Tuesday, August 11, 2020
Aug. 11, 2020

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Gardening with Allen: Lack of fertilizer main cause of plants’ fading summer color

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My containers and other flowers and vegetables look great until hot weather hits in July. Then they either get straggly or lose their dark green color. Even my lawn is losing color. Is there anything I can do to keep them healthy through the whole summer?

The main cause of color loss in plants is lack of fertilizer. Frequent irrigation washes fertilizer nutrients below the reach of the root system. This is especially true for container plants. I usually give my flowers and vegetables an additional fertilization in early July. If the lawn loses color I give it a half rate feeding.

When older or lower leaves turn yellow, they are suffering from nitrogen shortage. If newer leaves turn yellow with darker veins, it is usually iron deficiency.

I prefer a fertilizer with equal amounts of nitrogen, phosphorus and potassium for flowers and vegetables. A typical analysis is 16-16-16 nitrogen-phosphorus-potassium. Organic fertilizers usually have a lower analysis and are not usually all the same. Lawn fertilizer contains more nitrogen, less potassium and very little phosphorus. Check the analysis label to make sure there is at least a small amount of iron also.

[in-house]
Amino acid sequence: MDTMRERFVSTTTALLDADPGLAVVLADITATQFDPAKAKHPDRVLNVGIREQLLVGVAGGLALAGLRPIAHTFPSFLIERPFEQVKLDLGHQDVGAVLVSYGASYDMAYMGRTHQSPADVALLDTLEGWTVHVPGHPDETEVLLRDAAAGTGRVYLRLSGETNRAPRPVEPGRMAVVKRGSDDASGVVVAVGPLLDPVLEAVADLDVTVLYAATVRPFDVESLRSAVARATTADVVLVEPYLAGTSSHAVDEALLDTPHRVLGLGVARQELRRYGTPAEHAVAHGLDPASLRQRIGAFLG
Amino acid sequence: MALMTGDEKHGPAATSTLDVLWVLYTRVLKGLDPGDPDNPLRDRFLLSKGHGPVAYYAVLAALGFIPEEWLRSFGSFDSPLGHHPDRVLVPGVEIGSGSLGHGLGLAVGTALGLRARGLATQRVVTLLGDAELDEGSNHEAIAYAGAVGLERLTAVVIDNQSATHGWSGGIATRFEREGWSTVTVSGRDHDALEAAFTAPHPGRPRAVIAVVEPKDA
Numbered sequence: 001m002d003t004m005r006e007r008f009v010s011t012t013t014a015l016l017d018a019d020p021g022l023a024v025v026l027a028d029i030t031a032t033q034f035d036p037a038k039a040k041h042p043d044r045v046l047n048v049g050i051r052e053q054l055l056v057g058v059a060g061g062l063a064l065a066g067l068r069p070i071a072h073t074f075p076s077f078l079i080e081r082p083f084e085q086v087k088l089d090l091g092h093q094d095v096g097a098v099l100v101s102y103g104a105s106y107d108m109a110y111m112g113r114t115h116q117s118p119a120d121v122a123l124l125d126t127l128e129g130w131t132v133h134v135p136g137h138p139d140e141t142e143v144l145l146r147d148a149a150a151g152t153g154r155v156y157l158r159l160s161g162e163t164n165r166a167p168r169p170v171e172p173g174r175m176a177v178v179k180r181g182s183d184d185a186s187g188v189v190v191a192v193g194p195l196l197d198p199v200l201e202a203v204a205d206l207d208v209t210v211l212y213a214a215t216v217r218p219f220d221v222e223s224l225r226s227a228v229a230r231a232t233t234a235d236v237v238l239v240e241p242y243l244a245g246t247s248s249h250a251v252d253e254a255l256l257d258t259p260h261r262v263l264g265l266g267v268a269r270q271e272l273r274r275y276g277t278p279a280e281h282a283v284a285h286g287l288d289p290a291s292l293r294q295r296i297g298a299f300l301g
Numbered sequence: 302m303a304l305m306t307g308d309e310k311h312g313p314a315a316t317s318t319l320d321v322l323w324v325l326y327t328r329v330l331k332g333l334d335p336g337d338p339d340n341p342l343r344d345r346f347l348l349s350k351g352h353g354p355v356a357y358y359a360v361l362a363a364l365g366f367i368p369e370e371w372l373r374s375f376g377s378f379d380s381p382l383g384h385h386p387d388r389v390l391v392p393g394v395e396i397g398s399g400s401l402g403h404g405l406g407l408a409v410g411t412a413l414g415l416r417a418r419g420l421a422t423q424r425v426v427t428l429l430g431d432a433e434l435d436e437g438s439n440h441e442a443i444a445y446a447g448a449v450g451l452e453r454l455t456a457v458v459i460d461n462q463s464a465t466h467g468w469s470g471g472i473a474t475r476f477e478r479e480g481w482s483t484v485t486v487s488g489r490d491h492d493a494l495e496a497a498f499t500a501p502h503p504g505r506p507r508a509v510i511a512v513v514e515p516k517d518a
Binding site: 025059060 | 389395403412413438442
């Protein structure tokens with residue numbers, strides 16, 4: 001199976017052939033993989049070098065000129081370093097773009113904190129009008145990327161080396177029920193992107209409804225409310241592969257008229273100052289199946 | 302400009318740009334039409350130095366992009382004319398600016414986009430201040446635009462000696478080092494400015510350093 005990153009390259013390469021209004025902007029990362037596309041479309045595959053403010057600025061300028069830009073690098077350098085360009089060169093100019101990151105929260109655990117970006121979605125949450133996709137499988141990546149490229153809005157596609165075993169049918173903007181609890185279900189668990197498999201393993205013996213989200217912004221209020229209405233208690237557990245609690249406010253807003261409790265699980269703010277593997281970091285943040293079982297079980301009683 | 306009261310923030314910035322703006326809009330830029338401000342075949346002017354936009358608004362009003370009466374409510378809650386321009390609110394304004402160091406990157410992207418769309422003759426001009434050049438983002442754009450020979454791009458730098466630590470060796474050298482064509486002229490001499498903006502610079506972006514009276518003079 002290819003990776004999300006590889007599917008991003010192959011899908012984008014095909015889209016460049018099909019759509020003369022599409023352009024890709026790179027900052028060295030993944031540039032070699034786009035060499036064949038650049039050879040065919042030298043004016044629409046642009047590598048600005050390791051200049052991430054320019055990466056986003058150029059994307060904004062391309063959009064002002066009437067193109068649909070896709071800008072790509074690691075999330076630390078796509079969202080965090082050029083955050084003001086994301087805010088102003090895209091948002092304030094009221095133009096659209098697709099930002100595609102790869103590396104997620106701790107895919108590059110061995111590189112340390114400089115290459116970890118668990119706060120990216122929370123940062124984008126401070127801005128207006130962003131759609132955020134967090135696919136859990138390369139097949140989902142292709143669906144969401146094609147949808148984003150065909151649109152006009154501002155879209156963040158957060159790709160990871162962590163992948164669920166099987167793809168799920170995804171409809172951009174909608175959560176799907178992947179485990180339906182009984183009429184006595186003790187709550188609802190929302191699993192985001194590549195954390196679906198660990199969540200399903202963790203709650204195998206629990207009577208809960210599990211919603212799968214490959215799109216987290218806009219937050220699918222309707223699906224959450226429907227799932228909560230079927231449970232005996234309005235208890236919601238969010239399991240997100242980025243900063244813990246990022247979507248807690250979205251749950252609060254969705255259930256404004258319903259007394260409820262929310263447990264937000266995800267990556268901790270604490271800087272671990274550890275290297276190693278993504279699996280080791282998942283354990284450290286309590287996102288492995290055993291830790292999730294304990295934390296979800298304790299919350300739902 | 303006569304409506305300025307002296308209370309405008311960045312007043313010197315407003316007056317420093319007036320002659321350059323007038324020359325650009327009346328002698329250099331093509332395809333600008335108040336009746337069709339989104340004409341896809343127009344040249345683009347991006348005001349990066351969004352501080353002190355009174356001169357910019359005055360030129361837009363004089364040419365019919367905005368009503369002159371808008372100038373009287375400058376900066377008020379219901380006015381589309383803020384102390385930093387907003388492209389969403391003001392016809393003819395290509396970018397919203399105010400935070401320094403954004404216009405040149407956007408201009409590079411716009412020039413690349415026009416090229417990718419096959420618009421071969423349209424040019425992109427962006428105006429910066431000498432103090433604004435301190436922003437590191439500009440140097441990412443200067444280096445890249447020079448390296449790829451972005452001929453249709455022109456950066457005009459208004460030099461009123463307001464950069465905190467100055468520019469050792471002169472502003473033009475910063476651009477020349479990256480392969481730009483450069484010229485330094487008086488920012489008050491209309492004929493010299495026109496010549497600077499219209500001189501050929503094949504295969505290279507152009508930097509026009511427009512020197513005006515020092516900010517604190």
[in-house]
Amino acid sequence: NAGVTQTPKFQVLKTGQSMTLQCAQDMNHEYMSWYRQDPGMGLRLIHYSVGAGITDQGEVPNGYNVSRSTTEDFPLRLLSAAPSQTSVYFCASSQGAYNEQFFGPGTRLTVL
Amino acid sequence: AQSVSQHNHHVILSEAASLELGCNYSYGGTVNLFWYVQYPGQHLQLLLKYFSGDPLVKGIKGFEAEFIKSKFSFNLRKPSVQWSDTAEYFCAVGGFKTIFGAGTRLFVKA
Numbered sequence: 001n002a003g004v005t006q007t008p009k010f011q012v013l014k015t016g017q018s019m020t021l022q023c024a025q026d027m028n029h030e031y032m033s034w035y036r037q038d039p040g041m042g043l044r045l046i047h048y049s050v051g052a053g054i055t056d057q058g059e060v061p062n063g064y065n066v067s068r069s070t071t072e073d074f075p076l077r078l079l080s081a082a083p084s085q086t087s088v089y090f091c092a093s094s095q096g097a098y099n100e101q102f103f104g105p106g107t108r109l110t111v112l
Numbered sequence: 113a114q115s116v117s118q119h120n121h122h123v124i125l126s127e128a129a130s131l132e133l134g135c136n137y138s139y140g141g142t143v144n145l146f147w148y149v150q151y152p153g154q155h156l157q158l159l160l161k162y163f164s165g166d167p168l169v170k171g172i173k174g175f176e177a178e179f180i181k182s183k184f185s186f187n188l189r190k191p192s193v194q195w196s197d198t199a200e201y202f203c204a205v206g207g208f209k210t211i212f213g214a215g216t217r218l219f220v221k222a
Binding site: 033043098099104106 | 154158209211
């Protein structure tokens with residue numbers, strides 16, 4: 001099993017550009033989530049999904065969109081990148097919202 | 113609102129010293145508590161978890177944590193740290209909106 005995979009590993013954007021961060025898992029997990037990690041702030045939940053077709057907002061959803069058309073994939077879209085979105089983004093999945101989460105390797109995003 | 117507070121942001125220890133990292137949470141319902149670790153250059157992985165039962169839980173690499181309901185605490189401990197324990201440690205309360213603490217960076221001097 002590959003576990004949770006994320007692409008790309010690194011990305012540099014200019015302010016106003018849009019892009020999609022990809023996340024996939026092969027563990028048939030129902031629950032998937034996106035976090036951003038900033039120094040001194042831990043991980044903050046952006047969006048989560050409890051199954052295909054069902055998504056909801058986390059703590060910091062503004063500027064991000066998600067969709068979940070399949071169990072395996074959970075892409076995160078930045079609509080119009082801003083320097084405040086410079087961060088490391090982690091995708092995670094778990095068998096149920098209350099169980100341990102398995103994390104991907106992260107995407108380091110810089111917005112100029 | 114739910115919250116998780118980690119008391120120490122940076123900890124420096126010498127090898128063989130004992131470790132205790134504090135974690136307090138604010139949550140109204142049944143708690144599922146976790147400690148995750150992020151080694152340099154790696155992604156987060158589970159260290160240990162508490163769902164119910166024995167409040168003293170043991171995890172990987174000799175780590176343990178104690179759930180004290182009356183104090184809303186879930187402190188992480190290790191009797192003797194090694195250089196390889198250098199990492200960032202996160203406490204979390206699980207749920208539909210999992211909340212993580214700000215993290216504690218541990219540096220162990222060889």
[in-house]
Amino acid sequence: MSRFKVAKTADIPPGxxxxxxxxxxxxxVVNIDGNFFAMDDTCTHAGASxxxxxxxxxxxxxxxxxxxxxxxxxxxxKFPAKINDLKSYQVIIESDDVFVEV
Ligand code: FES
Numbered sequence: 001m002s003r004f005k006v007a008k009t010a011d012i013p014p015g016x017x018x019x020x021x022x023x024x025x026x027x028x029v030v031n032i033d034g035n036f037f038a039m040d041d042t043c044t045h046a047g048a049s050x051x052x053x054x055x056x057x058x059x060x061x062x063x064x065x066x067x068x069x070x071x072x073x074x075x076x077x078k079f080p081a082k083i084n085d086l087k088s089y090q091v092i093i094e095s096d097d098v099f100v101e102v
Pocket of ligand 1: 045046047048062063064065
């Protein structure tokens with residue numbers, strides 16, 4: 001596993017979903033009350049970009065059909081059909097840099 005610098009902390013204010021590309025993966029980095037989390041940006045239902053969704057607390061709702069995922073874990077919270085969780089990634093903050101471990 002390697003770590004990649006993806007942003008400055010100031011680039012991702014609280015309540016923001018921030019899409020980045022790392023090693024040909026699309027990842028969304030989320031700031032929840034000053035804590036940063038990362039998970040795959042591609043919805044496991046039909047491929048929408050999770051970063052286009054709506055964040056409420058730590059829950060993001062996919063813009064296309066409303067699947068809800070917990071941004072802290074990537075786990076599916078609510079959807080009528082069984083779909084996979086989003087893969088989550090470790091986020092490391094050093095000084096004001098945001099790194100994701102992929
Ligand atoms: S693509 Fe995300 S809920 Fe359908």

My favorite fertilizer for flowers and vegetables is Osmocote. The fertilizer pellets have been coated with poly covering which has very small pores. When the pellets become wet, the water flows into the pellets and dissolves a small amount of fertilizer, then flows out again. This releases a small amount of fertilizer every time the plant is watered. This results in steady, uniform growth.

Some flower varieties have a tendency to grow rapidly in the spring when they have plenty of fertilizer. Then they look straggly after the fertilizer runs out. When this happens I usually cut them back by about half before I give them another shot of fertilizer.

I feed trees and shrubs in the early spring along with my lawn. They seldom need fertilizer beyond this spring feeding.

One other cause of poor plant appearance is irregular watering. When plants dry out and wilt between water applications they eventually lose leaves and roots and won’t recover completely.

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